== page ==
An Airship in a Snow Globe …

Who was it who said with such certainty  “steampunk and snow globes do not go together?”

Well, I beg to differ.

Westword photo Steampunk at the Station 2017

To see the rest of the excellent photo essay by of Westword newspaper, click this link  to see more wonderful Steampunk attire.

Here’s a close up of the globe.

Journey to the Stars snow globe Camryn Forrest Designs Denver Colorado

Westword photo is copyright (c) 2017 Danielle Lirette/Westword newspaper; snow globe design and photo copyright (c) 2017 Camryn Forrest Designs, Denver, Colorado USA.

 

Journey to the Stars

Who hasn’t wished for the courage and opportunity to take the first wild step into the unknown?

“Every day is a journey, and the journey itself is home.”
– Matsuo Basho

 

 

 

 

“Journey to the Stars” one of a kind snow/sparkle globe with tiny mixed media zeppelin and sailing ship below. When shaken, the mystic fog and shimmering clouds envelop the ship in a cloak of near invisibility until the light finds it, again. All designs and images copyright (c) 2016 and 2017 Camryn Forrest Designs, Denver, Colorado USA.

Circular Logic – the snow globe returns

   Circular Logic Snow Globe Circular Logic
has made a round trip.

From Denver to Boston and now back to Denver again,
Circular logic was featured in the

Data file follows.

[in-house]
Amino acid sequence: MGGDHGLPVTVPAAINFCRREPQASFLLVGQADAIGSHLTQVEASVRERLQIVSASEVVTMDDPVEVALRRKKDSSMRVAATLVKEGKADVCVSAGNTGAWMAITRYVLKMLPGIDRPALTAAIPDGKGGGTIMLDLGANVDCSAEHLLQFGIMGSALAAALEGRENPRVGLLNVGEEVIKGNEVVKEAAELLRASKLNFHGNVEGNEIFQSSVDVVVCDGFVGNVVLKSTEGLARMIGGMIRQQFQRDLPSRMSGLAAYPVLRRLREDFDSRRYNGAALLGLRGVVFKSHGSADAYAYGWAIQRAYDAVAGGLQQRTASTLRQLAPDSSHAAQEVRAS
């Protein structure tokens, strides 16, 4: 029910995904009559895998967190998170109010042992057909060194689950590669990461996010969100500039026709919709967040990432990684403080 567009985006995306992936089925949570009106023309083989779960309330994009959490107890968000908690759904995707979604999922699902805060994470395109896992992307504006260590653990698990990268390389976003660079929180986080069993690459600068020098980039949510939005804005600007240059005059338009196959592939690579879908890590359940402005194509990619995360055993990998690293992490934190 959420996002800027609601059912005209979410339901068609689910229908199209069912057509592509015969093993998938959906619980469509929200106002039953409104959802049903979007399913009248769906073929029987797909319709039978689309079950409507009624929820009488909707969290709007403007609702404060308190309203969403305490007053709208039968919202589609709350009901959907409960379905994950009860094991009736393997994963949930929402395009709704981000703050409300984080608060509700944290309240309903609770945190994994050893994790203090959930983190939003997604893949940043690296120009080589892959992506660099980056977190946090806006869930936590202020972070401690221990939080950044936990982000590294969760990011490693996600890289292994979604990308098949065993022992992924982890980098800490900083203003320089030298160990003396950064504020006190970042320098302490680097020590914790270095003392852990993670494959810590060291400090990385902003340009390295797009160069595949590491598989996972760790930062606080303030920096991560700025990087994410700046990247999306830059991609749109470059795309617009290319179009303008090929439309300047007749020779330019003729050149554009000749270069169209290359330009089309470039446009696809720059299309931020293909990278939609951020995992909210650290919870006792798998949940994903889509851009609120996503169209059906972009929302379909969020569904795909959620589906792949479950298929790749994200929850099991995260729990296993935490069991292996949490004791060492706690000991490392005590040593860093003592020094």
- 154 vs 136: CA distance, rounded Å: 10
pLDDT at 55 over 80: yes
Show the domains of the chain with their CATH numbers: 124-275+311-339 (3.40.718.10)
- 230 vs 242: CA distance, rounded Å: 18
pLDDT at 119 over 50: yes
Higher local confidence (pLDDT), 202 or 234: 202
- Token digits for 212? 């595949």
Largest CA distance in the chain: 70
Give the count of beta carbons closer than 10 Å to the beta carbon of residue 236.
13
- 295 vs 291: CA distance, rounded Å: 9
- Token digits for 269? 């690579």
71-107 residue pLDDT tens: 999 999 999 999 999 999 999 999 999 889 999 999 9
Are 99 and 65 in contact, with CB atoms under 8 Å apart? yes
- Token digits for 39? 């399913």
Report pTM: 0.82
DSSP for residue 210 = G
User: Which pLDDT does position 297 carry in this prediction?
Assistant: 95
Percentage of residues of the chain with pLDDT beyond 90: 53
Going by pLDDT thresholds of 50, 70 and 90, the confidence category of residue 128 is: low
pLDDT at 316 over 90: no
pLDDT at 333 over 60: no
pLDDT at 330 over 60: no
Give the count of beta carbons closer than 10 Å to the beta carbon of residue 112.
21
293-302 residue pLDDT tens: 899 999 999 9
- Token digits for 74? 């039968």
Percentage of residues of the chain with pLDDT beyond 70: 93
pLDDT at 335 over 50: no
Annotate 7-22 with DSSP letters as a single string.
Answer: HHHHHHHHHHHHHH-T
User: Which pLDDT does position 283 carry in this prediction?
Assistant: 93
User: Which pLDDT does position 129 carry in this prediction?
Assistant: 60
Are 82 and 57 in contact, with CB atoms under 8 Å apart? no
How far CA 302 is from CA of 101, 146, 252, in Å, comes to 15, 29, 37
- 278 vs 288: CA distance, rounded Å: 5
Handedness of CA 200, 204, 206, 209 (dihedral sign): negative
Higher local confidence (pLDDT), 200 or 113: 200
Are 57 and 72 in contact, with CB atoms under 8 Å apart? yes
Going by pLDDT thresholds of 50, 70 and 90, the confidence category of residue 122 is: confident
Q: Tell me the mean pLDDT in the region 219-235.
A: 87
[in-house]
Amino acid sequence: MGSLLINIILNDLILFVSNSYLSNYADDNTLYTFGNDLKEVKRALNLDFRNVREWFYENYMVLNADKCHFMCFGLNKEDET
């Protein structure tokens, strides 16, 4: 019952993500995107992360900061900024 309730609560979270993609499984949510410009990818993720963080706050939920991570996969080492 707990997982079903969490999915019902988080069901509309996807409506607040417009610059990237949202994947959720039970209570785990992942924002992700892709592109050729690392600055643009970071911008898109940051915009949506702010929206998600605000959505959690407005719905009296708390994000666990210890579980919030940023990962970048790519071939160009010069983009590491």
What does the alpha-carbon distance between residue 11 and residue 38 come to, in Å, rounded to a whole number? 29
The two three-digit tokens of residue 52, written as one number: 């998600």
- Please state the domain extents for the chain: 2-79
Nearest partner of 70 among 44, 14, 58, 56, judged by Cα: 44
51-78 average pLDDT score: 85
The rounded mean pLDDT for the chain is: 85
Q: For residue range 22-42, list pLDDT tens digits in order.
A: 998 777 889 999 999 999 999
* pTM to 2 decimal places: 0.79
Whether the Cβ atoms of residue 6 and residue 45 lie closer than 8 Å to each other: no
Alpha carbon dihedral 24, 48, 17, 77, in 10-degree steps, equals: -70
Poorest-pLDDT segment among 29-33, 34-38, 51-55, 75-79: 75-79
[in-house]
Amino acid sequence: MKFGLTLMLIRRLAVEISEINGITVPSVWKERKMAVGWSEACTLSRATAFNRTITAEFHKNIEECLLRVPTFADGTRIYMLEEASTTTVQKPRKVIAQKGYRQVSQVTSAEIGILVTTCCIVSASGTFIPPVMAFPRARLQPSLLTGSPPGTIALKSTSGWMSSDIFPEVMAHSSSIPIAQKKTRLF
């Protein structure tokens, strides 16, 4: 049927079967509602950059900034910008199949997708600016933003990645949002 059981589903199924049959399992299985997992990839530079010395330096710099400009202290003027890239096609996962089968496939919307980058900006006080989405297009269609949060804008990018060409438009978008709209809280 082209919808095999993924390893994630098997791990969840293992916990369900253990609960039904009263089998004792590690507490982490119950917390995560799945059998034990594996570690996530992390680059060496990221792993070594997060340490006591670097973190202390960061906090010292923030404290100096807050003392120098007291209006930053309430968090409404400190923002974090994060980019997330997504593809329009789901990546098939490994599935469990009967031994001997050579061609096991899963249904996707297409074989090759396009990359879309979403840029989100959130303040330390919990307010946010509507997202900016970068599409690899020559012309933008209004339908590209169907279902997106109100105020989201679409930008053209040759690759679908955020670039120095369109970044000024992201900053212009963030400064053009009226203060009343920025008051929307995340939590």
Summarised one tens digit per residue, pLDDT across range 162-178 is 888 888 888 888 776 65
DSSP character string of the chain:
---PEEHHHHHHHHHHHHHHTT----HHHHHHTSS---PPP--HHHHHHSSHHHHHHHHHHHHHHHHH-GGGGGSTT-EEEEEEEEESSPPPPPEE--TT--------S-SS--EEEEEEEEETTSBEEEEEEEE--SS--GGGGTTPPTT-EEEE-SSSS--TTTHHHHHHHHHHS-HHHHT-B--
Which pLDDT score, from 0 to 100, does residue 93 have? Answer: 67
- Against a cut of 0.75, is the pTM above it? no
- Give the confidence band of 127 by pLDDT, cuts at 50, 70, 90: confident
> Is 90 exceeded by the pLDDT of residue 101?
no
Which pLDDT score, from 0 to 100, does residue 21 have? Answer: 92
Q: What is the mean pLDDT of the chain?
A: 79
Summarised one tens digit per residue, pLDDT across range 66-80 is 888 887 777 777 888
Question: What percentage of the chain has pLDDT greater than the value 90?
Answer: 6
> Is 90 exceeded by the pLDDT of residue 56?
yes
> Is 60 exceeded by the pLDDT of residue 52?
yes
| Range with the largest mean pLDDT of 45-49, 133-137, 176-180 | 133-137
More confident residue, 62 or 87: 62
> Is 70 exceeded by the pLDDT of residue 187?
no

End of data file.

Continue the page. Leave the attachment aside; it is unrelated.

“Celebrating Snow Globes”
winter exhibition
at the Sandwich Glass Museum.

Given its name, it’s a fitting journey.

One definition of Circular Logic is that the answer contains no evidence that is distinct from the conclusion. Circular logic cannot prove a conclusion because, if the conclusion is doubted, the premise which leads to it will also be doubted.

After a lot of trial and error, this is certainly true of this piece. The curious invention appears to go round and round, but always begins and ends in the same place it started. The conclusion is the same as the premise.

circular_logic shaken1circular_logic shaken2

What does change is the murky liquid, which glistens with coppery metallic dust
when shaken.
The tiny machine measures just under two inches tall and wide,
and continues in its endless, and meaningless, journey.
Always a round trip. Of course.

This slideshow requires JavaScript.

Indecision Waterglobe

This is one of my favorite snowglobes as it was a departure from my usual designs. It features several tiny people who move slightly, but never get anywhere. Two men (nicknamed Norm and Al) are high above the world on a teeter-totter, but only bounce a fraction up and down. Another figure is in a circle that rolls slightly left and right, but always returns to center.

This waterglobe represents that moment where you are stuck between yes and no, off and on, up and down. Indecision can be a pleasant place to visit, but I wouldn’t want to live there.

Let us know what you think in the comment section below.